* Always insist on a non-refundable deposit from American buyers upfront on a big sale. When I first put The Blog Herald on the market, my father said to insist on getting a deposit because “American’s can’t be trusted”. Sure, it’s probably a little bigoted but as with the first sale attempt he was unfortunately right.
I can’t reveal the identity of the new owners at the time of writing this (they did pay a deposit I’m happy to say), but I can say that they are American, and the experience in dealing with them has been first rate. Great group of people. First class professionalism without any of the hype or marketing-speak you often get out of professionals (particularly in my field of marketing).
3. What’s the future for b5media?
Weblogs Inc…. just kidding. b5media continues to grow at an amazing rate, and traffic is more than doubling monthly at present. We had our first 1 million (raw) page-view day last week. I don’t have to hand a more recent figure but we are certainly fluctuating pretty close to that figure now daily. Blogs such as cellphone9, vh1realityworld, Desperateblog, Pittwatch and others now regularly surpass blogs like The Blog Herald and Ensight in terms of traffic. Other blogs may not have as much traffic but are star performers in terms of CPC revenue.
We’ve obviously come off a massive expansion period and although we still have a number of blogs under development or ready to be launched, we’re moving now to spending more time improving our current blogs, making sure that all our bloggers get the help and assistance required to make the best of the opportunity b5media provides them. Personally I’m working with our channel editors and staff to update blogs to the standard b5media template, working on getting everyone on WP2.0.1, rolling out plugins to make life easier, that sort of thing. A lot of back-office stuff, but things that need to be done.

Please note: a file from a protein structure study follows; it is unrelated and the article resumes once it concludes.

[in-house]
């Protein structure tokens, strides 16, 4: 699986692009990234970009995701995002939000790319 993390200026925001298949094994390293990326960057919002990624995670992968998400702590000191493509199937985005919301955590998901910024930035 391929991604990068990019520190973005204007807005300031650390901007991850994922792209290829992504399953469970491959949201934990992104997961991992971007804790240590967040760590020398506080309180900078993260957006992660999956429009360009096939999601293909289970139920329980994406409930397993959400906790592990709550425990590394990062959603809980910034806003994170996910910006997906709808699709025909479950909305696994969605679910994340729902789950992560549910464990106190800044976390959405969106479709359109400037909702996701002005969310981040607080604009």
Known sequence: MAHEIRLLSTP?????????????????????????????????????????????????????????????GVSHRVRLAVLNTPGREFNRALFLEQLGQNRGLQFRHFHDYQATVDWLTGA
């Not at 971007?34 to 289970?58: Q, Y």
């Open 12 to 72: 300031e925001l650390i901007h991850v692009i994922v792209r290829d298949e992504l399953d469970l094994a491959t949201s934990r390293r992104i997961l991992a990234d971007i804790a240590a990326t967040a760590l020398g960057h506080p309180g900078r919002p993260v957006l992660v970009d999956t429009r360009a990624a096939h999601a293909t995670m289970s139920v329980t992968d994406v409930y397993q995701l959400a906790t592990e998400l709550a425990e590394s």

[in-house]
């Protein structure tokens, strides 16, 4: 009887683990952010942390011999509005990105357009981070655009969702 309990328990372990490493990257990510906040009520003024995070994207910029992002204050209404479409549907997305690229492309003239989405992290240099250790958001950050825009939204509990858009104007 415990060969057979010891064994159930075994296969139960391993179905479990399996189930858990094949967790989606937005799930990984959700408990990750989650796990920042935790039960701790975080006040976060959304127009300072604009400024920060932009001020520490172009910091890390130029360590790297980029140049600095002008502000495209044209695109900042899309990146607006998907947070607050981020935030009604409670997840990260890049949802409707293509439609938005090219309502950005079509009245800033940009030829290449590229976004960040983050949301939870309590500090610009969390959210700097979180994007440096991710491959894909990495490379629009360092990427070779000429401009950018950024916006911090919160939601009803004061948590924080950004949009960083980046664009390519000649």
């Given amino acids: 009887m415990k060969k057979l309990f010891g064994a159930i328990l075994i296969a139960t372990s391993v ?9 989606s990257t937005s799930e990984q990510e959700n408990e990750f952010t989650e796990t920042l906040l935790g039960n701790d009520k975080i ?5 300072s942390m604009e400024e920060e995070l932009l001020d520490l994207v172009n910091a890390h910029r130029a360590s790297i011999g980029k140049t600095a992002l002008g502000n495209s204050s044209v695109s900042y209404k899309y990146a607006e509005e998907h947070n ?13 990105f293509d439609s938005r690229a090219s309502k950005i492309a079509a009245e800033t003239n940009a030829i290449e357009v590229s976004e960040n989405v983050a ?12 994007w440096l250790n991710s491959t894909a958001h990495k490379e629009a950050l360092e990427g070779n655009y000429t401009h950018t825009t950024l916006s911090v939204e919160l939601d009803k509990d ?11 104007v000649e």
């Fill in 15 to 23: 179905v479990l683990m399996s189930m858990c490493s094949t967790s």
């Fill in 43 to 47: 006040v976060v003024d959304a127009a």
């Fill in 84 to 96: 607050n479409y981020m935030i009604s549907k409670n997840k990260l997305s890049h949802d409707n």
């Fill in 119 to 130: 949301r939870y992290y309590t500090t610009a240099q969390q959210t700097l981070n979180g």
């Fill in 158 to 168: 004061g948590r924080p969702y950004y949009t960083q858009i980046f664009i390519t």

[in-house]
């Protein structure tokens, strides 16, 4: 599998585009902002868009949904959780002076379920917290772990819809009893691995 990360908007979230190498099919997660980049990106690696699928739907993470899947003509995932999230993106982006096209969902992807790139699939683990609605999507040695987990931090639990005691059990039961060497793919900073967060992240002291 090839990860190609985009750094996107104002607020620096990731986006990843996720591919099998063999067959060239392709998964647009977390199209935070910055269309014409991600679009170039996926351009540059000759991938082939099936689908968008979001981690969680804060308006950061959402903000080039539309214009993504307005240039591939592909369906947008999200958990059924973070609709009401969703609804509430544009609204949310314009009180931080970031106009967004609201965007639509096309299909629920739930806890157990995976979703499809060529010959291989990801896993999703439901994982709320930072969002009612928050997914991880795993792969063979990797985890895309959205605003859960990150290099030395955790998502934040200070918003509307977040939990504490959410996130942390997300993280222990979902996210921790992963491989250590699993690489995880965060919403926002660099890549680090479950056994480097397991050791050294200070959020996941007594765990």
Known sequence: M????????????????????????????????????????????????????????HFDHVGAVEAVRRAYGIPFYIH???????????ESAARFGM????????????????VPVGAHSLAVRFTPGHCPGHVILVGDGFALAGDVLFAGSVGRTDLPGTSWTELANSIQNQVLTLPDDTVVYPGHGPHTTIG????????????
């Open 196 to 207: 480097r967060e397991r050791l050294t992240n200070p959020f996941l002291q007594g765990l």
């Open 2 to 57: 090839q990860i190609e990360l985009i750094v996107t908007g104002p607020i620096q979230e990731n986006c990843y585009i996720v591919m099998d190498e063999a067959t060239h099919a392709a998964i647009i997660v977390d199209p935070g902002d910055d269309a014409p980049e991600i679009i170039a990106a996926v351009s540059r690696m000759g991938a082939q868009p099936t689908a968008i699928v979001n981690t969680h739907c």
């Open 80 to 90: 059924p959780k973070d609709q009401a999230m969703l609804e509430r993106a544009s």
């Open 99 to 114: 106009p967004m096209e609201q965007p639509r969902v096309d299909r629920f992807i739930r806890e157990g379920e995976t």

As for the future, if you can tell me when the Google PR Dance will be over I might have a better idea. We’ll keep on working at what we are doing now, and continue building the blogs up. As I’ve written in the past it takes 6-9 months realistically to get most blogs established and going really well. Sure, some will fire straight from the beginning, but this is the exception not the rule.
4. Any hints on what The Blog Herald sold for? I’ve heard $30-40k US.
I’ve not heard those rumors and I’m under contract not to discuss the sales price. The only thing I will say is the new owners got a bargain, they know it, I know it, and they are as happy as Larry about it. But at least I know that it’s going to a good home, with people who appreciate blogging, and who are dedicated to taking The Blog Herald brand to the next level.
5. How is Weblog Empire’s new role coming along? Are you taking up Darren Rowse’s idea of a sharing of skills project linked to it?
Weblog Empire’s going really well. I haven’t been able to spend as much time there as I’d liked with the issues surrounding the sale of The Blog Herald, but I intend to spend more time with it in the future. The initial feedback has been great, people are doing deals in a non-threatening atmosphere where they can filter the link requests and discover some amazing new blogs as well. Indeed I might even start doing a weekly member profile thing there (like 100 blogs in 100 days at The Blog Herald) to give some of the members a plug. A really interesting array of sites and things people are doing.
6. What’s the single most effective monetization step a blog or network can take?
It’s hard to pin this down to one thing, but I’d suggest not thinking about the money is the tip I’d make. You are far better of focusing on things such as content (both in terms of quality and quantity), traffic, design and all the things involved therein. If you’ve got a decent blog with good traffic the money will flow naturally over time.
Thank you, Duncan. That’s been illuminating.